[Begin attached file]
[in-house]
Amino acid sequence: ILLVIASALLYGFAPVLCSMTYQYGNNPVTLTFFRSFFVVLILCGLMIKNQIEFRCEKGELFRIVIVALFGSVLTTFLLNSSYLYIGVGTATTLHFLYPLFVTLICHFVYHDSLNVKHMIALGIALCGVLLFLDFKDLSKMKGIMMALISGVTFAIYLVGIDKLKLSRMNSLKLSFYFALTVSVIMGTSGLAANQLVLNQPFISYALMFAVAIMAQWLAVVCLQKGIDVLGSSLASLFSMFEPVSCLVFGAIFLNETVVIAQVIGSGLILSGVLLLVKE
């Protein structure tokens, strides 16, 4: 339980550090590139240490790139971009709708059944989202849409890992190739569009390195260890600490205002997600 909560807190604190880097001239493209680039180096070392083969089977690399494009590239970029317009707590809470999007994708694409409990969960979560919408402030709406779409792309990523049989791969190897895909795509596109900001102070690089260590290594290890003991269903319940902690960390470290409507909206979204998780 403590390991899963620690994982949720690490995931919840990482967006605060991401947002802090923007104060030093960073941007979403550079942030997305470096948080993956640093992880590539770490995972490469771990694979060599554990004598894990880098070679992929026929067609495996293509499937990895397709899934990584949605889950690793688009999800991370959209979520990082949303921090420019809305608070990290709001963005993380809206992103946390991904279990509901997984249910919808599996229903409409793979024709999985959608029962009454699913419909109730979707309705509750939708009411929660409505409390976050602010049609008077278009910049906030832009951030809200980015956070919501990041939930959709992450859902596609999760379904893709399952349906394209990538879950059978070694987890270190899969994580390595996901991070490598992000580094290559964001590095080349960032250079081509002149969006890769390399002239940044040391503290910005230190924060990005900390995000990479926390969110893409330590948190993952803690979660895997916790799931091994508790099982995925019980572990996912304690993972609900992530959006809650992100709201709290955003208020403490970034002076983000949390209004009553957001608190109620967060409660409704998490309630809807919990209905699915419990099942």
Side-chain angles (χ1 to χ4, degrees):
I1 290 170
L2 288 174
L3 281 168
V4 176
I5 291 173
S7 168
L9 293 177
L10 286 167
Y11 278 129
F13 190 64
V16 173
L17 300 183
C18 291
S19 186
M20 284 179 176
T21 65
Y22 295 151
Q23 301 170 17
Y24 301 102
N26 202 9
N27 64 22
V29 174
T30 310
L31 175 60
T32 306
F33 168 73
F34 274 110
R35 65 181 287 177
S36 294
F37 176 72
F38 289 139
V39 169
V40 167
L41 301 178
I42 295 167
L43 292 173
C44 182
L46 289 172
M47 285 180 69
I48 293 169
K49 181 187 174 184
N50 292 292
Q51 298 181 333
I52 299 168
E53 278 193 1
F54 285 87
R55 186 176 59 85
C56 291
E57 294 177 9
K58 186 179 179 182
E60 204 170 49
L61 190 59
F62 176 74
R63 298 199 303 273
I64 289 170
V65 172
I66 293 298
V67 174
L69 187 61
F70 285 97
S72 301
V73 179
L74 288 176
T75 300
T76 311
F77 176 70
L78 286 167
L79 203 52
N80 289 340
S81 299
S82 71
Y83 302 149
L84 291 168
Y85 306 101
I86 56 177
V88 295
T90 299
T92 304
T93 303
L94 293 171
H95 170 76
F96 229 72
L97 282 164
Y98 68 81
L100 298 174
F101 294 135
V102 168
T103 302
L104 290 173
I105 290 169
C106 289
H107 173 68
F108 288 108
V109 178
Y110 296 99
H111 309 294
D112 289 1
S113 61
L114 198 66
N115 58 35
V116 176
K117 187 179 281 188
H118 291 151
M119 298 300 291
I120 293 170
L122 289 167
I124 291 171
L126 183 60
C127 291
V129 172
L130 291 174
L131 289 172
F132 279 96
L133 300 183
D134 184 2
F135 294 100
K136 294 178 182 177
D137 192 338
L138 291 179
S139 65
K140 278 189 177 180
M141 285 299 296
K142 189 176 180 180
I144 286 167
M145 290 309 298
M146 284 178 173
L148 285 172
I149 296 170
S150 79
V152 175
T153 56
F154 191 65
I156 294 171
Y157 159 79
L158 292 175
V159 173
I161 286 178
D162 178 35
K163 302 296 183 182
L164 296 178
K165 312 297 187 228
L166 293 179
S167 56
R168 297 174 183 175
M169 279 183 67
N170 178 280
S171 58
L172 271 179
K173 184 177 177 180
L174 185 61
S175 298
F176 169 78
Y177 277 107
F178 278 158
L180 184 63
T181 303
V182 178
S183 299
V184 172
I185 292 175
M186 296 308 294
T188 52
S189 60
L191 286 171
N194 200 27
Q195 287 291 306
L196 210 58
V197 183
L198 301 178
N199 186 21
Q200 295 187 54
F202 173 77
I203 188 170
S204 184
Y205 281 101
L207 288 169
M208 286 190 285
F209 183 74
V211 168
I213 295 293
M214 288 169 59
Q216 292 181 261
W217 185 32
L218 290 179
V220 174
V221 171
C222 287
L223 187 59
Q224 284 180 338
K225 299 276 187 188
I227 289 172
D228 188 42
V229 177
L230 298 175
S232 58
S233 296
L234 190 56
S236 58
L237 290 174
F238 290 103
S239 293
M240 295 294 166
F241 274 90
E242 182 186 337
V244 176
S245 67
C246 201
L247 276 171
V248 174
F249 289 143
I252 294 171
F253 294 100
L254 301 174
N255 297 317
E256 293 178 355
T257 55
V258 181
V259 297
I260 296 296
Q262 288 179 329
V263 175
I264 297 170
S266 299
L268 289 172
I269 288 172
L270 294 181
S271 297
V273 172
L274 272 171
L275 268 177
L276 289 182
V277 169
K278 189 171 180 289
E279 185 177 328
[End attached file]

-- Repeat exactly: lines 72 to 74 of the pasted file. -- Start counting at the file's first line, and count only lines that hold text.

L79 203 52
N80 289 340
S81 299